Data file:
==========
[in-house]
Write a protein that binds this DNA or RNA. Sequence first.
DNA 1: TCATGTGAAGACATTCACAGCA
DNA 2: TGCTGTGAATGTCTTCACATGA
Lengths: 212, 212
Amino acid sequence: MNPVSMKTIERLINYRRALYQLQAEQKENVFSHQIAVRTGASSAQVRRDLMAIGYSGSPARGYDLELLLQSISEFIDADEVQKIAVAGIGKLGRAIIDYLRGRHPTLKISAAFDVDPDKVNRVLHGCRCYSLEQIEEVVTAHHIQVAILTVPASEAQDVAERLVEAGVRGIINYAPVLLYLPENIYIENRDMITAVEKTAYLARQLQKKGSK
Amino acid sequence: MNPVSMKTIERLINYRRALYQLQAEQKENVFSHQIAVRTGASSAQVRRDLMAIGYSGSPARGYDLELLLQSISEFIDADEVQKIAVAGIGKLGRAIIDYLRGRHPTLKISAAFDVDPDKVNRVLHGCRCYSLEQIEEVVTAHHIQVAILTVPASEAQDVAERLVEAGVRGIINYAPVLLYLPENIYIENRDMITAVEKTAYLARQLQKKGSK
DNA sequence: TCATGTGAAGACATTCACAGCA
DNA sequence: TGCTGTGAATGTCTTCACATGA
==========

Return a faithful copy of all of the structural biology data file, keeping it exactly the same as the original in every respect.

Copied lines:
[in-house]
Write a protein that binds this DNA or RNA. Sequence first.
DNA 1: TCATGTGAAGACATTCACAGCA
DNA 2: TGCTGTGAATGTCTTCACATGA
Lengths: 212, 212
Amino acid sequence: MNPVSMKTIERLINYRRALYQLQAEQKENVFSHQIAVRTGASSAQVRRDLMAIGYSGSPARGYDLELLLQSISEFIDADEVQKIAVAGIGKLGRAIIDYLRGRHPTLKISAAFDVDPDKVNRVLHGCRCYSLEQIEEVVTAHHIQVAILTVPASEAQDVAERLVEAGVRGIINYAPVLLYLPENIYIENRDMITAVEKTAYLARQLQKKGSK
Amino acid sequence: MNPVSMKTIERLINYRRALYQLQAEQKENVFSHQIAVRTGASSAQVRRDLMAIGYSGSPARGYDLELLLQSISEFIDADEVQKIAVAGIGKLGRAIIDYLRGRHPTLKISAAFDVDPDKVNRVLHGCRCYSLEQIEEVVTAHHIQVAILTVPASEAQDVAERLVEAGVRGIINYAPVLLYLPENIYIENRDMITAVEKTAYLARQLQKKGSK
DNA sequence: TCATGTGAAGACATTCACAGCA
DNA sequence: TGCTGTGAATGTCTTCACATGA